Nesting local forestry initiatives: Revisiting community forest management in a REDD+ world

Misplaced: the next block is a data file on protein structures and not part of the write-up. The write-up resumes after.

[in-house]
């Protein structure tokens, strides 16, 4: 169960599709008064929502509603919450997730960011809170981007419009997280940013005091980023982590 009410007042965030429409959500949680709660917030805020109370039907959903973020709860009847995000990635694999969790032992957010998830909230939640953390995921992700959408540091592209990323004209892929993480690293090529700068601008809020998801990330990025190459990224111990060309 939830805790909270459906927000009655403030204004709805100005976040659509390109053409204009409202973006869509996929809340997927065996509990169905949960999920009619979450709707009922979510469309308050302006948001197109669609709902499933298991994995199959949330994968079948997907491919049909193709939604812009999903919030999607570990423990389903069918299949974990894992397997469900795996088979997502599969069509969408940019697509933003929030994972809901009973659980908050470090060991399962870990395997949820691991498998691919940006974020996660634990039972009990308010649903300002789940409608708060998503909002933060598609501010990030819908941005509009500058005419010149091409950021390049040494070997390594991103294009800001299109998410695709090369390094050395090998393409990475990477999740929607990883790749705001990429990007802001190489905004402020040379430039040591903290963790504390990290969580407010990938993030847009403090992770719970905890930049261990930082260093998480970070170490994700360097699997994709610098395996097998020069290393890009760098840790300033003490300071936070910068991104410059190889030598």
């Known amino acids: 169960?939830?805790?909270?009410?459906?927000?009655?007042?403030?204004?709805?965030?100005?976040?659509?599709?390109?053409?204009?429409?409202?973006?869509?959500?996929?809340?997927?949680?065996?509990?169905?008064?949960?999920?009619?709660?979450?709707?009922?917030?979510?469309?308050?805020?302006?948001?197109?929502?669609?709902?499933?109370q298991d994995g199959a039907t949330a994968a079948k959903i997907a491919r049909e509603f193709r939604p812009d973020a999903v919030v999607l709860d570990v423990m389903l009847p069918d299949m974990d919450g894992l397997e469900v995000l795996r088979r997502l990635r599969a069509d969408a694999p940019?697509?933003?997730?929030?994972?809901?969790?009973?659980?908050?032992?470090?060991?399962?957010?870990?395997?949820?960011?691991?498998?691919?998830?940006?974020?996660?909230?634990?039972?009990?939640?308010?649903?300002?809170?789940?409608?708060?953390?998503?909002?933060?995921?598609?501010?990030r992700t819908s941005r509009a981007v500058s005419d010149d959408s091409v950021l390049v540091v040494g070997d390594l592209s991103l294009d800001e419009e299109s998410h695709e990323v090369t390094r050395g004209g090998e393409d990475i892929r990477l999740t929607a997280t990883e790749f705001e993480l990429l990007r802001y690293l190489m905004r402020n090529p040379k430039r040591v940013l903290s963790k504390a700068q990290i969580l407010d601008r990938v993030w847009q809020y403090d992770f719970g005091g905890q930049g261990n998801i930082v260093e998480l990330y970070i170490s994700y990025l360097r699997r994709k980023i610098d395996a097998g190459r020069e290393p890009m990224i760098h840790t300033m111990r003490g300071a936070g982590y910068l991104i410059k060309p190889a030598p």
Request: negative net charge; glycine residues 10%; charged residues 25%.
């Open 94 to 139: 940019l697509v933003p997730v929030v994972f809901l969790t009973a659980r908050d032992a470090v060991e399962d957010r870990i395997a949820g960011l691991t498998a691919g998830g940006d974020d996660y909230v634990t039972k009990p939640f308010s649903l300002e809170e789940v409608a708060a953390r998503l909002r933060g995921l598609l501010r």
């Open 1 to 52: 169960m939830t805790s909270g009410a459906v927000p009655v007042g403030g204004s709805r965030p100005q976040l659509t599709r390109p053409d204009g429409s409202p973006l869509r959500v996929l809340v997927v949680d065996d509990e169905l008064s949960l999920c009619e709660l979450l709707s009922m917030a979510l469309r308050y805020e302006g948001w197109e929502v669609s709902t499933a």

Understanding the relationship between components of varied decentralized governance models for community or collaborative management and forest conservation outcomes has taken on renewed importance in the context of community engagement in forest conservation efforts through policies to reduce emissions from deforestation and forest degradation (REDD+). In this paper, we synthesize lessons from two comparative case studies of decentralized forest management in Mesoamerica and East Africa in order to examine the institutional factors that contribute to successful tropical forest management in developing countries and, draw insights for policymakers regarding how national policy initiatives, including REDD+, might better embed local level institutions for forest management within broader state institutions and promote more positive local livelihoods and forest conservation outcomes. The case studies presented in this synthesis used a consistent research framework to gather data on forestry reforms, governance processes, local forest institutions, household forest uses and forest conservation outcomes. Our synthesis suggests that successful sustained forest management depends on institutional arrangements that (1) establish local resident rulemaking autonomy, (2) facilitate the flow of external financial and institutional assistance for monitoring and enforcement of local rules, and (3) buffer residents and their respective local institutions from more powerful, and at times corrupt, actors and agencies involved in forest exploitation. The results particularly suggest a role for external, independent non-governmental organizations to help mediate demands on local forest governance systems in nested contexts.
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